4. Weave

It refers to the arrangement of warp and weft in the fabric.


1. Fabric weight (W)

It is the weight of the yarn per square meter in the woven fabric, which is the sum of the weight of the warp (W1) and weight of the weft (W2).

Weight of the warp is calculated as (per square m):

W1= [n1 x 100 (1+c1%)/100] x [N1/1000] g

n1 = Ends per cm
N1 = Warp count in Tex

C1% = Warp crimp percentage.

Similarly weight of the weft is calculated as (per square m)

W2= [n2 x 100 (1+c2%)/100] x [N2/1000] g

Total weight per square meter = W1+W2

weight/piece = (W1+W2) × piece length × piece width in gram.


A fabric 120m long, 1.3 m wide and having 30 ends per cm of 12 tex warp and 24 picks per cm of 15 tex weft. The warp and weft crimp percentages are five percent and eight percent respectively. We describe these fabric particulars as
30×24; 12 tex × 15 tex; 5%×8%

Warp weight per square m = [30 x 100 x (1+5)/100] x [12/1000] = 37.8 gms

Weft weight/square m = [24 x 100 x (1+8)/100] x [15/1000] = 38.8 gms

Piece weight

= total weight per m × piece length × piece width
= 76.68 × 120× 1.3
= 11962.08 gm or 11.96 kg.

2. Cover factor

(K) it is defined as the area covered by the yarn when compared with the total area covered by the fabric.
The warp cover factor can be found by using the formula.
k1= n1 x sqrt(N1)/10
n1 = Ends/cm
N1 = Count of warp in tex

Similarly the weft cover factor can be found by the formula

k2 = n2 x sqrt(N2) /10

So the total cover factor is
K = K1 + K2

Thus with fabric (30×24; 12 tex×15 tex) the values are

k1= (30 x sqrt12)/10 = 10.39

k2 = (24 x sqrt15)/10 = 9.30

K = K1+K2 = 10.39+9.30 = 19.69

3. Fabric Thickness

For a wide range of fabric, this parameter is not important, but it becomes critical for fabrics that are to be used as belts and felts.

Want to Take a Quick Test on this Topic. Click Here

Friday, 7 August 2009

Care of Linen Fabrics

Care of Linen Garments

1. Washing

Washing is recommended. One can use hand or machine washing but take care of the following points

- Use a gentle wash cycle and use a gentle soap.
- Use cool to warm, not hot water.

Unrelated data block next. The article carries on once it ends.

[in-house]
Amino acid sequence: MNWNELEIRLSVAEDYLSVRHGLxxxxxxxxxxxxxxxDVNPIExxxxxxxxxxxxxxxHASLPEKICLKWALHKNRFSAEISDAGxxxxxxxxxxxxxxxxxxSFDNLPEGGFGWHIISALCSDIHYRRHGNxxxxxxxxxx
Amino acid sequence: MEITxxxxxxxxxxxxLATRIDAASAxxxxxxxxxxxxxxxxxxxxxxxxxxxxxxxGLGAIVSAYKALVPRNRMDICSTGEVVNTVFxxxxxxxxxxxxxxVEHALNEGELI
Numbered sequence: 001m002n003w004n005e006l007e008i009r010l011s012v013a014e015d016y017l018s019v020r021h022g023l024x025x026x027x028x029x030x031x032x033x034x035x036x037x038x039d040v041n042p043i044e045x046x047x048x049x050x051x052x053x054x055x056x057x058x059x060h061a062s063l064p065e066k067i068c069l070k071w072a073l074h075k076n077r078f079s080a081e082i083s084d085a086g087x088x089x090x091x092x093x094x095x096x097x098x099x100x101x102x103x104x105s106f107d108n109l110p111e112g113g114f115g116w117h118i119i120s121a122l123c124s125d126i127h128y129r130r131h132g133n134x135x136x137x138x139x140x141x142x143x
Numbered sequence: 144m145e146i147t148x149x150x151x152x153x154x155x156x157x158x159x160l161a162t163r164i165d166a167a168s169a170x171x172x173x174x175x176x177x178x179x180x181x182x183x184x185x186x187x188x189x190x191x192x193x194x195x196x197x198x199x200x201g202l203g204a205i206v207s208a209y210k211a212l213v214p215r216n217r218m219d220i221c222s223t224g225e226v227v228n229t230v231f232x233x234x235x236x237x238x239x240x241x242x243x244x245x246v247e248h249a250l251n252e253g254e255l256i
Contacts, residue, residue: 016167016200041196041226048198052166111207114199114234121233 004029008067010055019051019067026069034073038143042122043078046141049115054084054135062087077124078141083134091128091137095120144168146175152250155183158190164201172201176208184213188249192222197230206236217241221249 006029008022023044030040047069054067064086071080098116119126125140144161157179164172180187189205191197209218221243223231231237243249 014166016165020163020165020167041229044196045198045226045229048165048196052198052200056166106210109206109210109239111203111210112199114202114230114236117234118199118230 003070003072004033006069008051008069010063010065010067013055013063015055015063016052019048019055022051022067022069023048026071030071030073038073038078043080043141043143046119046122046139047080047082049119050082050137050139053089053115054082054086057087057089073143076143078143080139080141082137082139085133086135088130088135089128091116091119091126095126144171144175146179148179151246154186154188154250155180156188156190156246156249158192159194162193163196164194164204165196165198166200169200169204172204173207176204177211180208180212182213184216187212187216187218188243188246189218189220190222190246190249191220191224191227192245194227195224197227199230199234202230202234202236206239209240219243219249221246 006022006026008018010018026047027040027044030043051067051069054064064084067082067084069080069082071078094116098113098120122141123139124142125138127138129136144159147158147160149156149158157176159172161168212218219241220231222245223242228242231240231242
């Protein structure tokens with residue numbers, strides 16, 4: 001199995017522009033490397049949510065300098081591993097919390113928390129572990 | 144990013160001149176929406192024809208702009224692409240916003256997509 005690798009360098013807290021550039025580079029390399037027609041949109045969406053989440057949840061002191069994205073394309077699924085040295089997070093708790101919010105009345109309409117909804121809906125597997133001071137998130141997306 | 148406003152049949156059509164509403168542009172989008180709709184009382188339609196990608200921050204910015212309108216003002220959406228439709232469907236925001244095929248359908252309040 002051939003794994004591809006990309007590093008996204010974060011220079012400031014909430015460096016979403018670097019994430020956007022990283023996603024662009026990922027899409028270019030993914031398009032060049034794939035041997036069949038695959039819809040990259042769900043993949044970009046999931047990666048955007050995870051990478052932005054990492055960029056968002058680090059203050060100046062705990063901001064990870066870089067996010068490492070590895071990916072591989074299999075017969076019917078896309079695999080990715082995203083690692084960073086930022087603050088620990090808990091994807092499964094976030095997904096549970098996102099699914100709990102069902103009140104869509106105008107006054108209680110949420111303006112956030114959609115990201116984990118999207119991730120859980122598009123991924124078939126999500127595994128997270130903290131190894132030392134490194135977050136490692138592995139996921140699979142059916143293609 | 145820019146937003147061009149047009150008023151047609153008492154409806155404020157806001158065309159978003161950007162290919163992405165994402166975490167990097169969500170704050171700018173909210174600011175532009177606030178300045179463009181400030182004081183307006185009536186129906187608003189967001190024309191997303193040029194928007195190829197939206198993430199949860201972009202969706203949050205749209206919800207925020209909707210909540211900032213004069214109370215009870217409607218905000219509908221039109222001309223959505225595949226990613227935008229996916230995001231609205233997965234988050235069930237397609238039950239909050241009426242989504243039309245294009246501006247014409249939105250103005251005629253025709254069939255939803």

- Wash colored linens in cool water.
- Use soft water
- Use oxygen bleaches ( hydrogen peroxide) for white linen. Chlorine bleaches can cause yellowing.
- Never wash darker-colored pieces together with the lighter colored articles.

2. Drying

Can use any of the drying methods, but bring linen in while it is still damp. If linen dries thoroughly, it may become brittle. Damp Linen also helps in ironing. If a linen has become thoroughly dried, put them in a plastic bag in the refrigerator before ironing.

3. Ironing

Iron with lot of steam at a medium to hot setting. Iron Linen until smooth but not dry. Once wrinkles are gone, hang the linen items until it is bone dry.


Clean linen items before storing .

-Avoid folding linen garments. Linen clothing should be hung on a padded clothes hanger in a cool dry environment.

- If you decide to warp the linen, use bags of linen, cotton or muslin, never plastic bags.  

Monday, 3 August 2009

Career in Journalism

Career in Journalism

Being a specialist helps. It helps more if you can deliver that specialised knowledge to the general audience in a way that is interesting and that they can understand. A career in Journalism is one of the options that a Textile Technologist or a Textile specialist can pursue. This is all the more relevant because entertainment and media are one of the hottest careers in the days to come.

An effort to this direction has been made by 9.9 School of Convergence by introducing a course called Diploma in Applied Journalism .The admissions are open with the session starting from September 20th. The aim of this course is to inculcate in a person some high quality editing, writing and reporting skills. The classes are scheduled on Sundays so that the professionals don't have to leave their regular jobs. One can contact them and find more about the details.

As their website suggests, their placement services or "career services" do more than just getting a student a full time job. The career is shaped from the beginning of the course looking at a person's abilities and aspirations. The 9.9 School of Convergence has 100% placement with clients like NDTV, STAR, CNN-IBN to boast of . The leadership team has Dr. Pramath Raj Sinha, Dr. Eric D Saranovitz, Pooja Kothari and Gunjan Aggarwal who have links deep into the media industry.

It can be understood that with a specialisation and a career in journalism, the jobs will be much more enriching and satisfying ( and more lucrative) than with a specialisation alone.

Sunday, 2 August 2009

How to Resist Print using Reactive Dyes

How to resist print using reactive Colors